Evaluating the surface energy balance of alternative parking lot paving materials in hot arid climates
Joby D. Carlson, National Center of Excellence on SMART Innovations for Urban Climate and Energy, Arizona State University, Tempe, AZ; and J. H. Jo, K. E. Kaloush, and J. S. Golden
Assessments of the surface cover within cities indicate that paved surfaces – roads, parking lots, sidewalks and driveways – make up anywhere from 12 to 44% of developed areas. These dense, often dark, and impervious surfaces are considered one of the leading factors in urban heat island (UHI) formation. Metropolitan Phoenix, Arizona, located in the Desert Southwest of the United States is one of the fastest growing urban centers in the US and has experienced an average increase in minimum temperatures of 8% over the last 30 years. The US Environmental Protection Agency (US EPA) and the US Green Building Council (USGBC) suggest open grid, permeable pavements as viable strategies for mitigating both climate and storm water runoff impacts of pavements. The actual benefit and performance of these types of pavement alternatives has yet to be quantified and their physical behavior fully understood in the literature. This study describes the construction and monitoring of one such pavement, GravelPave™ at a large parking lot located in Gilbert, Arizona. The researchers aimed to quantify the surface energy balance, impact on thermal comfort and heat stress index, and storm water runoff and infiltration rates of six different designs utilizing this alternative pavement material. The results of this investigation will represent the first quantification of the storm water and UHI mitigation performance of this type of pavement system in a hot arid climate. The findings can be used by city planners, architects, and engineers in future low impact development projects.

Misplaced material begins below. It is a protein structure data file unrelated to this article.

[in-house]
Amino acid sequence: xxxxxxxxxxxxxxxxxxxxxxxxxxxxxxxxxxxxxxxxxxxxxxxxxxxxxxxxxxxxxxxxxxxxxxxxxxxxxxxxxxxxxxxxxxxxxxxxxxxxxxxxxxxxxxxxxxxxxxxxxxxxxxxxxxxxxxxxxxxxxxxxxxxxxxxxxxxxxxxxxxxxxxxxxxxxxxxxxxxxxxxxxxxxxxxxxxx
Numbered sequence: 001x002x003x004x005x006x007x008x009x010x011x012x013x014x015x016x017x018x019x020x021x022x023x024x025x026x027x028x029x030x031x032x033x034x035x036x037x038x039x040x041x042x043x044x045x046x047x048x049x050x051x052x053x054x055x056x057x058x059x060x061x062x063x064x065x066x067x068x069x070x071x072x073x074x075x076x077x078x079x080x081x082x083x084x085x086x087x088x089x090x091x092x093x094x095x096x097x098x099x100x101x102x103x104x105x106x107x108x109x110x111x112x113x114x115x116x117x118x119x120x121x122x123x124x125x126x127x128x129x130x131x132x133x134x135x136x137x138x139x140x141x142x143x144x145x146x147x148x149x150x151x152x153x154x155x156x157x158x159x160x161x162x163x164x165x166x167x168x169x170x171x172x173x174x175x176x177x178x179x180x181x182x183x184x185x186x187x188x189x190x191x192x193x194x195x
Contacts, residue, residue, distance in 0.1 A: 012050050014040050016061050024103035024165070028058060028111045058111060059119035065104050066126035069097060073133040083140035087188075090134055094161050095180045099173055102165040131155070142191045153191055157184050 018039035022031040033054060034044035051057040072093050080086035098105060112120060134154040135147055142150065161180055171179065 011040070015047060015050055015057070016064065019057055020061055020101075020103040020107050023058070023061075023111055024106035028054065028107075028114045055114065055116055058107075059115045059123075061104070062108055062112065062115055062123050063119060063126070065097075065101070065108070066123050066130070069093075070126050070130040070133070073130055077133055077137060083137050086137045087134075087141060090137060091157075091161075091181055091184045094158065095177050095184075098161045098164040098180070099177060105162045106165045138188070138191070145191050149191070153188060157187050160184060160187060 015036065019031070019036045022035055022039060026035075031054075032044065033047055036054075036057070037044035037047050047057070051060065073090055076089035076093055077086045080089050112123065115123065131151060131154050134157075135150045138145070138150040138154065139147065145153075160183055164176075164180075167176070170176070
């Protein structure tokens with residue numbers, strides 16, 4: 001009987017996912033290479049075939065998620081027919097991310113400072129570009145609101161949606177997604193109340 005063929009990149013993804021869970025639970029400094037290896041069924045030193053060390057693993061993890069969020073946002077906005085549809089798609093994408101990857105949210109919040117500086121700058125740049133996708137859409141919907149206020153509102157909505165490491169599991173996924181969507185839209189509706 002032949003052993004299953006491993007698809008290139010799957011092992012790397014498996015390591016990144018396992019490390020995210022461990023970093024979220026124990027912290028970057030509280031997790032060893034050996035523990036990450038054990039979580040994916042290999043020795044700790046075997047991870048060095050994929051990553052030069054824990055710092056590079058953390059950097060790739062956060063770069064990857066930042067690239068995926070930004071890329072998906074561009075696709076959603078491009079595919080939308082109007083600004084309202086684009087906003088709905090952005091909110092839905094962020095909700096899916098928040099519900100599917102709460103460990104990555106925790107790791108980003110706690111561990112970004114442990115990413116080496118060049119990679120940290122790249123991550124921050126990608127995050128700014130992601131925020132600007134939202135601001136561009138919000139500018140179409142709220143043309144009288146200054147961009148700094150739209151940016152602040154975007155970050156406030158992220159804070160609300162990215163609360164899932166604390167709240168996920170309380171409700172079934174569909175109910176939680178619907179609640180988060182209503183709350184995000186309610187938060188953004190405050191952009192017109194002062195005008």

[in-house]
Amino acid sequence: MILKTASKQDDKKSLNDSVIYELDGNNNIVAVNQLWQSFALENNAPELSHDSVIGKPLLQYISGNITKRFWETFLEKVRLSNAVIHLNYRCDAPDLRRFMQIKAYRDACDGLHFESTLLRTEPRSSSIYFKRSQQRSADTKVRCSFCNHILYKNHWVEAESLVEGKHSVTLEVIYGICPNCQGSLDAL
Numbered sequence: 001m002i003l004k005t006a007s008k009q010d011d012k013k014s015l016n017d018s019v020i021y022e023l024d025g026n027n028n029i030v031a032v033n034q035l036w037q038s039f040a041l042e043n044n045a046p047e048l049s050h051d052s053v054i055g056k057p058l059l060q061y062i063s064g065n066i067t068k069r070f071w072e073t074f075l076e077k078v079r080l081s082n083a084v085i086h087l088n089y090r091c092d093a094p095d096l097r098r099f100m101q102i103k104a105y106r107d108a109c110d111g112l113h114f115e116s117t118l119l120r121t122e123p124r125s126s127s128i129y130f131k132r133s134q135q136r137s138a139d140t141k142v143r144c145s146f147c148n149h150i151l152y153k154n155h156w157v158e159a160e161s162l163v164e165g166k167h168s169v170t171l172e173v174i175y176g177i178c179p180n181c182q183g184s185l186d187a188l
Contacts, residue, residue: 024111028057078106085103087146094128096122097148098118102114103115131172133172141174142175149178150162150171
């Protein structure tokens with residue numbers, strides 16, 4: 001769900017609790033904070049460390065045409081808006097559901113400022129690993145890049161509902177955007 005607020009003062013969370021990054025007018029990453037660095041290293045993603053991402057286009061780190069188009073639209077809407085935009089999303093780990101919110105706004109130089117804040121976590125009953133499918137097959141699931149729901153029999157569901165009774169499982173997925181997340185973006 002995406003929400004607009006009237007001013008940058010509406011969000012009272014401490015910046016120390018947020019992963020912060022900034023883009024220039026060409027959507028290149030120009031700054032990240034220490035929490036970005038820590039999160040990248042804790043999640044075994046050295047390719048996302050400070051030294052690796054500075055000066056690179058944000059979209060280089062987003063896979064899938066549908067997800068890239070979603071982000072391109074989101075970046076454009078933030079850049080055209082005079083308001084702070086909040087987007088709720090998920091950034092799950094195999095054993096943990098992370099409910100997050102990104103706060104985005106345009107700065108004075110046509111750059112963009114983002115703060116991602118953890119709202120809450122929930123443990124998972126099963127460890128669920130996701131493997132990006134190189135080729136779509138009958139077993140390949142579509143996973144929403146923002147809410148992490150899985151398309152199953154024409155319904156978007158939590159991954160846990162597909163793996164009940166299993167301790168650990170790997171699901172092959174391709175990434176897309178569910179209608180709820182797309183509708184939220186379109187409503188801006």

Session 5, Urban Heat Islands—Mitigation Studies
Thursday, 15 January 2009, 3:30 PM-5:00 PM, Room 124B
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